Strange feeling to be in a remote village where the hills and the winding and steep dirty roads create a barrier with the modern world.
This sense of isolation is intensified with the nightfall, where a cloak of darkness surrounds the village, with the blackness of the moonless night enters through the windows, creating a thick obstacle between us and the inhabitants of the house where we will spend the night, where the cultural and language differences do not allow us to break.
Large rooms made of wood and bamboo, simple, comfortable and above all functional, where the fire is the center of the house, being kept lit throughout all day, from the first rays of the sun until bedtime… that here is around nine o’clock. A fine and discreet smoke that burns the eyes and leaves an fragrant trace on the clothes, reminding us how different the way of life in the countryside.
Shortly after sundown, as soon as the sky darkens, the movements in the streets of the Palaung village cease, the ballads of the donkeys, the clucking of the chickens, the tweeting of the birds and the laughter of the children suddenly ceases. The families gather to the houses, wrapped in the rituals of preparation of food. Rituals where everyone, including the children, seems to know their role by heart, making the daily life resemble a silent play.
A thin layer of smoke remains in the main room of the house, a large area almost empty of furniture that is at the same time the living room and the kitchen. The few belongings wait for special days in lockers embedded in the wooden walls, almost becoming invisible in the penumbra that permanently fills the space, despite the various windows that look to the succession of woody hills.
From this first stop in a village on the outskirts of Kyaukme, a further two days’ hike through the western region of Shan State, dominated by the Palaung tribe, whose population shares the ethnic heritage with China, but along many centuries developed its own characteristics of language, clothing and gastronomy.
The Palaung, whose features are more Asian than the Bamar ethnic group (dominant in Myanmar) are easily recognizable by the way women dress, with sarongs of gaudy colors in purple, blue and green, and by the white handkerchiefs that cover carelessly the Heads, whose hair is kept shaven, following an unknown tradition.
But here also the religion acquires its own contours. Despite the domination of Buddhism that arrived in the eleventh century, there are still traces of rituals and beliefs related to animism. A small group of people gathers in one of the village houses bringing offerings, where a woman in trance communicates with the spirits … practical questions about the whereabouts of a lost cow or the crops are answered by spirits by the voice of a possessed woman, who’s tone change from female to male tone according to each spirit evoked.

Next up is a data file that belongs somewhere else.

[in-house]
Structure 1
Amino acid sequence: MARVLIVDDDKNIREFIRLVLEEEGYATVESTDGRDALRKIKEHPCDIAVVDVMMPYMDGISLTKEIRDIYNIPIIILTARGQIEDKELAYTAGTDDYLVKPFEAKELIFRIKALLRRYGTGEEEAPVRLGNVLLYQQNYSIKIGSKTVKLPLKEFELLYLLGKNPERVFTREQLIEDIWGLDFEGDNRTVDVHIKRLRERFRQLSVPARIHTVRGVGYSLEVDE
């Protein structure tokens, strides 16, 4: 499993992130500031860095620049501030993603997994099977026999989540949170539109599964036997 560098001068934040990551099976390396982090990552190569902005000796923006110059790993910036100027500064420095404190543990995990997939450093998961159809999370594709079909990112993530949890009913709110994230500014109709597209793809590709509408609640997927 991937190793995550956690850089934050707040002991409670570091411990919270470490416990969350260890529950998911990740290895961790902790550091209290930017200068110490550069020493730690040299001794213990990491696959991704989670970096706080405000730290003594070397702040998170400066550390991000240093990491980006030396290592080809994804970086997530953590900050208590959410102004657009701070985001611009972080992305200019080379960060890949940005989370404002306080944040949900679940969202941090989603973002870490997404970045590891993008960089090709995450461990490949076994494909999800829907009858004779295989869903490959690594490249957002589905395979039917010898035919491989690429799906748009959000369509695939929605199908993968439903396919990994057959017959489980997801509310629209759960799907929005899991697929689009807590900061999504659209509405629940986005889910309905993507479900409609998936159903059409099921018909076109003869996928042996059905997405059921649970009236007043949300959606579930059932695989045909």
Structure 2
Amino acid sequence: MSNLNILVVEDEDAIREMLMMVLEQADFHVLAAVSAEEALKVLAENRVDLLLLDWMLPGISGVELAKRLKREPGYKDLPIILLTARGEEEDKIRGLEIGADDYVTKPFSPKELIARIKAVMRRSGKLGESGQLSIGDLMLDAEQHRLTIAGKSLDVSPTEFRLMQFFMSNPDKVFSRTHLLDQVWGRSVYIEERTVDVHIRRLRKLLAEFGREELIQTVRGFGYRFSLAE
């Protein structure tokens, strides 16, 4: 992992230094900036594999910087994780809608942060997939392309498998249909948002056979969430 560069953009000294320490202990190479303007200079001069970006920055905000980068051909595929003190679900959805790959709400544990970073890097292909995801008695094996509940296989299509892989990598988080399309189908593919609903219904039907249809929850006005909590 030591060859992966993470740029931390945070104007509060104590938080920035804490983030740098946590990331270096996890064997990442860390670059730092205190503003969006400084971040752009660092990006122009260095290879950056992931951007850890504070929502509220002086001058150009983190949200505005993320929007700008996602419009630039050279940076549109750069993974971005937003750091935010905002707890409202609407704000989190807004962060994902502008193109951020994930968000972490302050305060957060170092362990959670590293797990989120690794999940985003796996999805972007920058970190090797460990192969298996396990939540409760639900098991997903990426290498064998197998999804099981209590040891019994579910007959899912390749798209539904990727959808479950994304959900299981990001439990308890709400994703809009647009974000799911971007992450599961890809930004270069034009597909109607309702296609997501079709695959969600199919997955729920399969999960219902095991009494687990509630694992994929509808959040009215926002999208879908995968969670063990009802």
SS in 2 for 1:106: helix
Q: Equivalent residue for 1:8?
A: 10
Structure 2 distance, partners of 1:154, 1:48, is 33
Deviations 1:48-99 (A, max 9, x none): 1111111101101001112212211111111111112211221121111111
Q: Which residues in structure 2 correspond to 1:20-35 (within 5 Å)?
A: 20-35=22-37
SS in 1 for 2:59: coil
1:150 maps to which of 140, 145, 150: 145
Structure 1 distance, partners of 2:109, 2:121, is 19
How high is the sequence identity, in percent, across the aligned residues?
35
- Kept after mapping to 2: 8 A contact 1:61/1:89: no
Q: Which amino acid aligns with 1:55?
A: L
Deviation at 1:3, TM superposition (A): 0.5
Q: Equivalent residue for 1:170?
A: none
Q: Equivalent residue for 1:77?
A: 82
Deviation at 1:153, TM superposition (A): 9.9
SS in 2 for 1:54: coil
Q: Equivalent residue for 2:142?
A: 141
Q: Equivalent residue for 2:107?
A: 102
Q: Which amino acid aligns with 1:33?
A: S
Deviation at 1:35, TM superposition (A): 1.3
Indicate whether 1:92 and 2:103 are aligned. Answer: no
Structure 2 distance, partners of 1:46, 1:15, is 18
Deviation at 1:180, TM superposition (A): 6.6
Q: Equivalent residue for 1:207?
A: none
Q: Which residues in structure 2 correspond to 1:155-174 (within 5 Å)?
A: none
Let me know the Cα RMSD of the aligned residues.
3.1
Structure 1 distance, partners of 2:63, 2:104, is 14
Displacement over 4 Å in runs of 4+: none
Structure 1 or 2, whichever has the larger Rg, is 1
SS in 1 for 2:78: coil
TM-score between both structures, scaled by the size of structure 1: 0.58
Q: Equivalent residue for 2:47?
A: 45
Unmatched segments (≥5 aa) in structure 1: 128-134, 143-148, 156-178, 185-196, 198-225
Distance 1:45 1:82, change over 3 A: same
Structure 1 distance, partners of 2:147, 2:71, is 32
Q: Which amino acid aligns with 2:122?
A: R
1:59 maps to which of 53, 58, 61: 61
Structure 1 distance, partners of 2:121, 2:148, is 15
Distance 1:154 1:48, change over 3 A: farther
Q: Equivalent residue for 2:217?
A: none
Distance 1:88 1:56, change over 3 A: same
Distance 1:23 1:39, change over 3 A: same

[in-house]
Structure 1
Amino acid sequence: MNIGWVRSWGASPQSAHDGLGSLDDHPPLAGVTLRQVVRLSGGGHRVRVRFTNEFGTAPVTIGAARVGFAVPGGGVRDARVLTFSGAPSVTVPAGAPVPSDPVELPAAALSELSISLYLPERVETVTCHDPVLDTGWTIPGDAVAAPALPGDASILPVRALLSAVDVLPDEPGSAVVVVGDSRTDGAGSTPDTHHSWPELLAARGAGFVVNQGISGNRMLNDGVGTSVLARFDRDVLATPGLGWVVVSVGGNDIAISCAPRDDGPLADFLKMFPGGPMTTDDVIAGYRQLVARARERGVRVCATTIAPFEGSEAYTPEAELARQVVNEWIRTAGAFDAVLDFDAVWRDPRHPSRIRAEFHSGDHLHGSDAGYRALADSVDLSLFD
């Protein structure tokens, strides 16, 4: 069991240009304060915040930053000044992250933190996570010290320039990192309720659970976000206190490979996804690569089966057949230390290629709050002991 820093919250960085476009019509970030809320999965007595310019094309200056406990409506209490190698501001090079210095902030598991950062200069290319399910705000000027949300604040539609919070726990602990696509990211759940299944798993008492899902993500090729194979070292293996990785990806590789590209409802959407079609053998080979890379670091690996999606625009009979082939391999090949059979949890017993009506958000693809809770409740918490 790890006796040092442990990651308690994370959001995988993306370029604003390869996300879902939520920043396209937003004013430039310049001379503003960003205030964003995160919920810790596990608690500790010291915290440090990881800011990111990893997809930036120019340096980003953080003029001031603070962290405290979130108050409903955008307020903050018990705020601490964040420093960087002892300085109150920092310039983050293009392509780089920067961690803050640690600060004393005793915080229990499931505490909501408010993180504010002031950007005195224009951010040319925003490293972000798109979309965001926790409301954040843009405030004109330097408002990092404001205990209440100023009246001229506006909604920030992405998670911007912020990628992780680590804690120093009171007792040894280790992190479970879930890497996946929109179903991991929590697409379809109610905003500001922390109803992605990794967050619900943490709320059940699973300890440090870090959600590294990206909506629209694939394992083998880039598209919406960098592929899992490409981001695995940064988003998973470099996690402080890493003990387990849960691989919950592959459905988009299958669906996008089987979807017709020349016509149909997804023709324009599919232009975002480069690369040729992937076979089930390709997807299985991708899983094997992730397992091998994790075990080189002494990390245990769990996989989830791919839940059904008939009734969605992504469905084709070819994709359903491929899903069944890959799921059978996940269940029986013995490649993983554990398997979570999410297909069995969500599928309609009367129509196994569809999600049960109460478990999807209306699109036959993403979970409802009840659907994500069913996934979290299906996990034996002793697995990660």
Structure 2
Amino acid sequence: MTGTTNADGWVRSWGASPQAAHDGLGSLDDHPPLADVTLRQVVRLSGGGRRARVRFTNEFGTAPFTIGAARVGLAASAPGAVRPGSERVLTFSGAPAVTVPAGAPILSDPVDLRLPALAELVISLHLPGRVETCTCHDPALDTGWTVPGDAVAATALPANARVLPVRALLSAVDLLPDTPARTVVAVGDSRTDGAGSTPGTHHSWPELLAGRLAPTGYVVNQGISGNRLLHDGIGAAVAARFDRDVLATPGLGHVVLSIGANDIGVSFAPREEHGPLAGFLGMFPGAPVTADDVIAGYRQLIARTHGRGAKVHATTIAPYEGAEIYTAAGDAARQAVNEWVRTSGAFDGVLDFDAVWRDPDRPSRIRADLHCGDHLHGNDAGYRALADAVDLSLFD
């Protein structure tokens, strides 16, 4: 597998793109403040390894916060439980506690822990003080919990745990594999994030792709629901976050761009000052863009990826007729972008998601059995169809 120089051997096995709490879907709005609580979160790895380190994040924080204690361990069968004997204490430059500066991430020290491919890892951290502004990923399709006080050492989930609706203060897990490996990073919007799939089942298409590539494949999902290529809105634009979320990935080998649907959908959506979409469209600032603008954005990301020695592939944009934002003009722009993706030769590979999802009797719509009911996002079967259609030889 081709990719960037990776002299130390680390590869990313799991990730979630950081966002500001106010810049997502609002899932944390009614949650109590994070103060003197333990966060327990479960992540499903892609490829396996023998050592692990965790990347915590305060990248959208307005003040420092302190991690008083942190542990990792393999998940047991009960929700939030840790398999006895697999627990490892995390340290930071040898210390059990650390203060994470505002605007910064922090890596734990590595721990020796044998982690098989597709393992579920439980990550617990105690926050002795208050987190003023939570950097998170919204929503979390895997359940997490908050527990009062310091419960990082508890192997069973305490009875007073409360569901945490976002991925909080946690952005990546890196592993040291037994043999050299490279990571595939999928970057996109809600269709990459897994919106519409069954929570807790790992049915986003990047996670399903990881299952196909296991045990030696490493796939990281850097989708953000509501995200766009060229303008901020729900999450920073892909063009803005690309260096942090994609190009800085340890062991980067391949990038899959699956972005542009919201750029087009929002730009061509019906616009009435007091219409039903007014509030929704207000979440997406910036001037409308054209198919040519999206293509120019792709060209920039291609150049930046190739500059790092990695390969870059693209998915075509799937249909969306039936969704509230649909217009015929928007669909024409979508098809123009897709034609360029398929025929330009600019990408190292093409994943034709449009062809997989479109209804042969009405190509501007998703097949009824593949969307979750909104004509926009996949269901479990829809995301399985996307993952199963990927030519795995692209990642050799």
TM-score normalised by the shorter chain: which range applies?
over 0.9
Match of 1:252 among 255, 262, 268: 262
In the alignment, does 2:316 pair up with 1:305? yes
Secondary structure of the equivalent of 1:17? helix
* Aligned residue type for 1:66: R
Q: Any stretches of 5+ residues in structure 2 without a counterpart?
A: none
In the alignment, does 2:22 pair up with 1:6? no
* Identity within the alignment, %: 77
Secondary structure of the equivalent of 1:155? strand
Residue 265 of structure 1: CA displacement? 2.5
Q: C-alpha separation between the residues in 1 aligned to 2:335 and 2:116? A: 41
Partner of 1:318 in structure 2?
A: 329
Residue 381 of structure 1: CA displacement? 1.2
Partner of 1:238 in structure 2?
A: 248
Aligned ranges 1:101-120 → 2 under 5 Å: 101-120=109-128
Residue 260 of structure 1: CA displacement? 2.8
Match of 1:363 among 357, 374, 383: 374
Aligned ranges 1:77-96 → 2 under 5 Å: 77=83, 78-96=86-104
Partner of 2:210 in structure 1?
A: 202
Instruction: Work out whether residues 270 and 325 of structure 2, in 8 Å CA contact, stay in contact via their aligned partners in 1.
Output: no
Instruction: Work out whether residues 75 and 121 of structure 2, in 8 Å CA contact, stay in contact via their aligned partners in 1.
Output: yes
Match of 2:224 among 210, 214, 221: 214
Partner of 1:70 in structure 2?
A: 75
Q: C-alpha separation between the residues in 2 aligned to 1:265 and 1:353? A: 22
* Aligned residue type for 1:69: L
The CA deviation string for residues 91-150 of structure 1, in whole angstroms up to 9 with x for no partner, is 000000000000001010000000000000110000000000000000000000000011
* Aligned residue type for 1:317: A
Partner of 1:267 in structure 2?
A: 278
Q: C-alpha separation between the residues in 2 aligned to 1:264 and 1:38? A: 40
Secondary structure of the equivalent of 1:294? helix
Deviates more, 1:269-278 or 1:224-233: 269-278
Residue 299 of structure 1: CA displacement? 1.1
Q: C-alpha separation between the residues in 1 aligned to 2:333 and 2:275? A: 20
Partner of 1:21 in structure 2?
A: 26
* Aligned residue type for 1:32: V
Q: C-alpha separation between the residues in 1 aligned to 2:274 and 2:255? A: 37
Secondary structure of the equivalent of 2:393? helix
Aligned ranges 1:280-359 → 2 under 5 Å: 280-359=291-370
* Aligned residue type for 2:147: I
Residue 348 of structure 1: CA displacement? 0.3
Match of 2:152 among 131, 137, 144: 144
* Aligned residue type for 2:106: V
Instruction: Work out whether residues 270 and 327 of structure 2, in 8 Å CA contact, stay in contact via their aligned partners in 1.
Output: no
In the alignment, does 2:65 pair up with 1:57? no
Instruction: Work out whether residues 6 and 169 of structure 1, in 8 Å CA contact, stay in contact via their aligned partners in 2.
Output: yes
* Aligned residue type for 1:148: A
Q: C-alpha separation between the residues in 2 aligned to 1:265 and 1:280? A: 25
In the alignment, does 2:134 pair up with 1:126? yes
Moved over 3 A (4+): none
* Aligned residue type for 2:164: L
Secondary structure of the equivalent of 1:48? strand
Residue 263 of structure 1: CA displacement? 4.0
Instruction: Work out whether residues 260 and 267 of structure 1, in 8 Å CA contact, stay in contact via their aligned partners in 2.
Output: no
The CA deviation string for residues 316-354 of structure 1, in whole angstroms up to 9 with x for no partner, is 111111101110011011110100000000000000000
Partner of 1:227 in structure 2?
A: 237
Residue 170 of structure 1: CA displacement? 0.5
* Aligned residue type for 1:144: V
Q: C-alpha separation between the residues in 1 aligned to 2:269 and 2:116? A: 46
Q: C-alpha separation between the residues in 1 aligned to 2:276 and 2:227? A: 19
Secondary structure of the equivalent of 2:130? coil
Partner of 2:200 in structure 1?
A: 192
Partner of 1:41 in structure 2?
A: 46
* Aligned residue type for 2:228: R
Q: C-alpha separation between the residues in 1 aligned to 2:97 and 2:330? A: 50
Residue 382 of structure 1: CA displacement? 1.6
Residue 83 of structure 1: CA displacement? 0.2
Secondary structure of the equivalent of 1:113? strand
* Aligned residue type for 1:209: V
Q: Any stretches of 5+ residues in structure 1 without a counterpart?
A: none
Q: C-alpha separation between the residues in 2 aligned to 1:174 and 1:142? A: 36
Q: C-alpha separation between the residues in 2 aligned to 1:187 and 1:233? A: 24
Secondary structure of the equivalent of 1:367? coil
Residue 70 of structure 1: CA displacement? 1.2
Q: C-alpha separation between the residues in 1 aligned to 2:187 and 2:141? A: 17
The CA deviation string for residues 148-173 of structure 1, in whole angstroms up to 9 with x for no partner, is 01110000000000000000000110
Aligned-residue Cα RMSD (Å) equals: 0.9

In all villages that we visited always seem to be full of children running freely in the streets, waving and smiling, curious and excited by the unusual presence of strangers.
But it is not only the children who show their curiosity, as the adults cannot disguise the pride with which they pose for the photographs, hiding damage teeth under a closed-lipped smile. But are the men who, despite language differences, show more communicative, exposing the tattoos that cover the body, with symbols and inscriptions, that work as protection against all kind of bad things, a practice common among the male population and also among the Buddhist monks, both in Myanmar as in Thailand.
How to visit the Palaung villages around Kyaukme
These three days of hiking were organized by Thura, a Burmese from the Shan ethnic group, whose mother was from the Palaung tribe. He’s friendliness, the very good english and the contacts with local people allows him to travel around this region, which is probably impossible to visit without a guide who speaks the local language.
The route is done on foot and by motorcycle. The hike is easy and made with many breaks but sometimes the path can be in a less shady area.
The nights are spent in local families houses, on improvised beds on the living room floor, with blankets and blankets. The bathrooms are basic (a small hut outside the house) and the washing is made on the back of the house without much privacy or hot water.
Meals (can be vegetarian or not) are either in a family home or in local restaurants. This is a good opportunity to try the local food and have the taste of a homemade meal.
Everything is included (motorbike, gas, meals, water) and this tour costs 25€ per person, a day… that is not much more than you spend on food and accommodation when you travel in Myanmar
Thura Tours contact: http://thuratrips.page.tl/